Archive for April, 2011

Scream 4: Probably Not Your Favorite Scary Movie

Fifteen years ago, the first Scream film struck a chord with the public with its ability to knowingly comment on the very genre it occupied. When it’s done correctly, this balancing act makes a very successful movie—altogether the original Scream trilogy grossed over $500 million—but it’s very hard to do correctly. When you don’t do it correctly, you get something like Scream 4.

Scream 4 begins with a new version of the iconic phone call scene, in which a new young actress (Lucy Hale replacing Drew Barrymore*) is stalked by Ghostface over the phone. When she finally gets killed in the new film, though, the murder is laughably fake, at which point it is revealed that what we’re actually watching is the opening scene of one of the Stab sequels—the movie-franchise-within-a-movie-franchise of the Scream universe. The film then cuts to two NEW young girls watching that scene on the couch. When one of THEM dies we are revealed to be watching YET ANOTHER Stab sequel. At this point the plot of Scream 4 actually begins, but by then the reality of the film has been so undercut that there is no investment at all when the “real” characters die.  Continue reading

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Monday Medley

What we read while wondering what the original Holy Saturday was like…


Monday Medley

What we read while they were walking with their feet ten feet off of Beale…

Nine Types of Light: Review

Here’s a question I hadn’t really considered until just now: Does TV on the Radio constitute a supergroup? There’s some obvious evidence to the contrary, specifically that none of its members were famous before the band. And the term “supergroup” is so loaded that it shouldn’t be applied liberally. But all of its members have robust solo careers—since 2008’s Dear Science, Kyp Malone and Dave Sitek each released solo albums. Even more illustrative, though, is how each member seems to refer to the band in interviews: Malone, Sitek, and Tunde Adebimpe seem continuously shocked that they are still together, as if TV on the Radio were a side project that kept growing.

This week’s release of Nine Types of Light should make fans very happy that the band is still together. Despite the broad tastes and styles of the band’s members, TVOTR has developed a coherent sound that is uniquely its own, which its members would be unable to match without one another. Indeed, the band’s different sounds have blended together so well that I often can’t even tell who is singing on a particular song.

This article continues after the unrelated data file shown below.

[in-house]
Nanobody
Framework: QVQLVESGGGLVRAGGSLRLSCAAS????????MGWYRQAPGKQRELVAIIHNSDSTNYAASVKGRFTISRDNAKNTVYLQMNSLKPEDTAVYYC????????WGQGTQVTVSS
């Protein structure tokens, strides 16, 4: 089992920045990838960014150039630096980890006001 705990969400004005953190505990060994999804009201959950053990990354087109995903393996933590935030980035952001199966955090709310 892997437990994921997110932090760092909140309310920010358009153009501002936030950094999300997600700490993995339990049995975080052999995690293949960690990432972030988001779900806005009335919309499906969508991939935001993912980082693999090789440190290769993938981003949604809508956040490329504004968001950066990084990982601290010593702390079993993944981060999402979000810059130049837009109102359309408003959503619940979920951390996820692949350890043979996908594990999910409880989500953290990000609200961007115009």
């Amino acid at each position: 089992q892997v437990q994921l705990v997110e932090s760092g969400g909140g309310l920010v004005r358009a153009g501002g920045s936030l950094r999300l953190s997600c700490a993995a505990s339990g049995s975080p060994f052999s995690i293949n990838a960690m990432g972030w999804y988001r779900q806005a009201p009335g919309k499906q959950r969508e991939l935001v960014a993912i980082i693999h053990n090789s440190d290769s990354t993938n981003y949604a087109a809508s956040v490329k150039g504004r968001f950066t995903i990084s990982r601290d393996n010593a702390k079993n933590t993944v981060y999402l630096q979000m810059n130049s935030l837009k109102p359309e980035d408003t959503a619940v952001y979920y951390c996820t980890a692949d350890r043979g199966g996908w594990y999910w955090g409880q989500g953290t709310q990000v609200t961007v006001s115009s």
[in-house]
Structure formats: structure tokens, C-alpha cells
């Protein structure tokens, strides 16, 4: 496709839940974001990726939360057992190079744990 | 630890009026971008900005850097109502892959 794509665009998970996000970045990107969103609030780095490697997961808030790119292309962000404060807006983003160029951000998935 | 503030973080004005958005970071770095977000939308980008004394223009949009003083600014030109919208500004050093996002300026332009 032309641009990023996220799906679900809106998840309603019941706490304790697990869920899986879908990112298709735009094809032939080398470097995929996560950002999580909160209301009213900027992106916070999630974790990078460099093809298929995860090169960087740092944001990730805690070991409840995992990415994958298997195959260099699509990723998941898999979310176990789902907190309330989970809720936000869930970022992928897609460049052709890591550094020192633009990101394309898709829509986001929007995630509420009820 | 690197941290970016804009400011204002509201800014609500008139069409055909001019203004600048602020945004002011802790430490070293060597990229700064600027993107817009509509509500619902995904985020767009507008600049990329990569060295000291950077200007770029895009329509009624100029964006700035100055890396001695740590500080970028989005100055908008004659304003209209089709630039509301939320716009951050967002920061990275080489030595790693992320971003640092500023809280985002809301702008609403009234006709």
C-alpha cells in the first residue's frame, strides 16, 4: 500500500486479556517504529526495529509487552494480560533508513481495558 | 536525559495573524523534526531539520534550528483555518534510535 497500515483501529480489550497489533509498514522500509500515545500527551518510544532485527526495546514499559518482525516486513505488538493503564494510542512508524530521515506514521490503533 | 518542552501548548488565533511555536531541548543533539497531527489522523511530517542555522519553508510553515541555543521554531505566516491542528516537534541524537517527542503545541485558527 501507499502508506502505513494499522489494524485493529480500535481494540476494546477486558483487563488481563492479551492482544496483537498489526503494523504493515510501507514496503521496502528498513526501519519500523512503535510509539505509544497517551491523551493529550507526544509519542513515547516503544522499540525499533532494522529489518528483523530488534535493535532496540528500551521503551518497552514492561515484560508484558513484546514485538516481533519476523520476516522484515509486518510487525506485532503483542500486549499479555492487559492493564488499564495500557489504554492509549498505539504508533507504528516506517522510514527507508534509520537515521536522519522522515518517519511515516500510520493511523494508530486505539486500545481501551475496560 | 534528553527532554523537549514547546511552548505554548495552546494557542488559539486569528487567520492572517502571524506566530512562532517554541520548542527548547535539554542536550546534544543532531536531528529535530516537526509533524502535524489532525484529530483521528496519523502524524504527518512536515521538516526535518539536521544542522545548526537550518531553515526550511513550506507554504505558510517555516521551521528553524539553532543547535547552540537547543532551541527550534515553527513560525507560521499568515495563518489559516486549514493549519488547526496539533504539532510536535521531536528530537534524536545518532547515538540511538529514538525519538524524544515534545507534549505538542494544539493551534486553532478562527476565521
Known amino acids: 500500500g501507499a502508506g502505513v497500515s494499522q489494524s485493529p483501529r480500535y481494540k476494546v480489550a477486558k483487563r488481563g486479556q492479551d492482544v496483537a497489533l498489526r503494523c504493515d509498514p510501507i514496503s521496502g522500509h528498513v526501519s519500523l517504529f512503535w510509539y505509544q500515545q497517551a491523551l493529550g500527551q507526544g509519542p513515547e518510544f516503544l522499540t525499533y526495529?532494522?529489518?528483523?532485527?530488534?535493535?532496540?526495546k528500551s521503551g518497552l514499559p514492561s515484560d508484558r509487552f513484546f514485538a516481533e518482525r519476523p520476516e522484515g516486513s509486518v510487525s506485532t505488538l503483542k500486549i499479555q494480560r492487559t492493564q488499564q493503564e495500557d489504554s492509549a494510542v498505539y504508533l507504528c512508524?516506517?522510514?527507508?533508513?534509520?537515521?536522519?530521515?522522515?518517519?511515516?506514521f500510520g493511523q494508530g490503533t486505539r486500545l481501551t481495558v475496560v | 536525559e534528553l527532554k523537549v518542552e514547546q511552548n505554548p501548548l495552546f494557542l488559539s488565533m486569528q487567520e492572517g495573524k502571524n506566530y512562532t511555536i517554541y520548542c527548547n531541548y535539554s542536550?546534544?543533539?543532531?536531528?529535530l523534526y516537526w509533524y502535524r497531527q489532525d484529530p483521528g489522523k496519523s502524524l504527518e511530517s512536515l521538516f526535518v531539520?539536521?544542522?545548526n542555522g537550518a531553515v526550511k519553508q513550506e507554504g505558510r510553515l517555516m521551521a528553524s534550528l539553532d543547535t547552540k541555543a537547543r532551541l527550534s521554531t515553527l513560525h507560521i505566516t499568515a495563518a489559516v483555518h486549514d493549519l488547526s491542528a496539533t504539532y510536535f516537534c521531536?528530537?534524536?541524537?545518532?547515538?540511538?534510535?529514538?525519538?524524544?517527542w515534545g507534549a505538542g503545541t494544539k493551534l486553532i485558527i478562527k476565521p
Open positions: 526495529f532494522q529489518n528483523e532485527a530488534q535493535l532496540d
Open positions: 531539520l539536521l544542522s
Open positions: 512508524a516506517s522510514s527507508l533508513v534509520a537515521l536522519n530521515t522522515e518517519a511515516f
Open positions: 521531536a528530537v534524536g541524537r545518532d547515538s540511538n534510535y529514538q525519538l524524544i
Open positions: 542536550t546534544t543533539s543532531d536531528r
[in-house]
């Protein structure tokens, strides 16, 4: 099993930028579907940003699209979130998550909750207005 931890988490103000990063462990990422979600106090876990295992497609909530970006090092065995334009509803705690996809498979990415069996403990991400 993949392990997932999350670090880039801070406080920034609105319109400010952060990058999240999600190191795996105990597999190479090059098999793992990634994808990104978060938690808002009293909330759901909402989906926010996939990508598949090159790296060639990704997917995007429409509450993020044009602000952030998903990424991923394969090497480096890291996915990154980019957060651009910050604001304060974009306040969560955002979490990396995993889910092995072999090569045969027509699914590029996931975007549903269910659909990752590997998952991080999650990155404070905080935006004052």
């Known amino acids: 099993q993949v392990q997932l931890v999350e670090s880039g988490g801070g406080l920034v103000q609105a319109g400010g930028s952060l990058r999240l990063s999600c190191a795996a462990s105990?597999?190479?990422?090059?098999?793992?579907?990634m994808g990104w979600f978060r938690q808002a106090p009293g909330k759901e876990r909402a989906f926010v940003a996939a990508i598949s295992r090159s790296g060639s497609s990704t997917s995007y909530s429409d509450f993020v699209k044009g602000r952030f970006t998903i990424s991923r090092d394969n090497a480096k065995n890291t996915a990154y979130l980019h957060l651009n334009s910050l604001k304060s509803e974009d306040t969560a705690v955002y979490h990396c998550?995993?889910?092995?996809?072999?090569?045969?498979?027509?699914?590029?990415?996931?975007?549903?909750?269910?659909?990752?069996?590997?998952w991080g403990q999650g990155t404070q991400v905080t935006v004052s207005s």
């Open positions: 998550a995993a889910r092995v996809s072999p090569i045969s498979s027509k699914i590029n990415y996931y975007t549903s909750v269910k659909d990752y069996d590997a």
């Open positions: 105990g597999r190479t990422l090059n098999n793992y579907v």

On past albums, the multitude of styles that TVOTR comprises has led to songs that tend to change on a dime—like “King Eternal”—or that tend to sound frenetic, like a lot of songs being played at once—like “Dancing Choose.” Nine Types of Light, on the other hand, has a more relaxed, deliberate sound. The differences are clear from the very beginning. “Second Song,” the first song on the album,* begins slowly, with just Adebimpe’s voice over a lone note, before adding a crisp, simple drumbeat. Of course, the song gets more complex than that, but it is essentially built around the vocal interplay between Adebimpe and Malone, creating a rather straightforward song. Continue reading

NPI Comes Alive!: Introducing….TV on the Radio!

With the end of the college basketball season, NPI Comes Alive! is back in a new form. Today, Tim and John S are breaking down Survivor in their first TV-oriented podcast. They’re discussing Boston Rob, Redemption Island, Russell, Former Federal Agent Phillip, and the presence or absence of Survivor Gods. Click here to listen to the first edition of a new podcast series, TV on the Radio!

Monday Medley

What we read while narrowly avoiding an NPI shutdown…

The Double Bonus: NCAA Championship Review

You’ve heard the podcasts; you’ve read the liveblogs (if you haven’t read the liveblogs, do so now). Now listen as John S and Tim break down the final game of the 2011 college basketball season. Today they’re discussing the atrocious title game, the disappointments of 2011, the permanence of parity, and the gradual effects of early entry. Click here to listen to the final Double Bonus podcast of the 2011 season!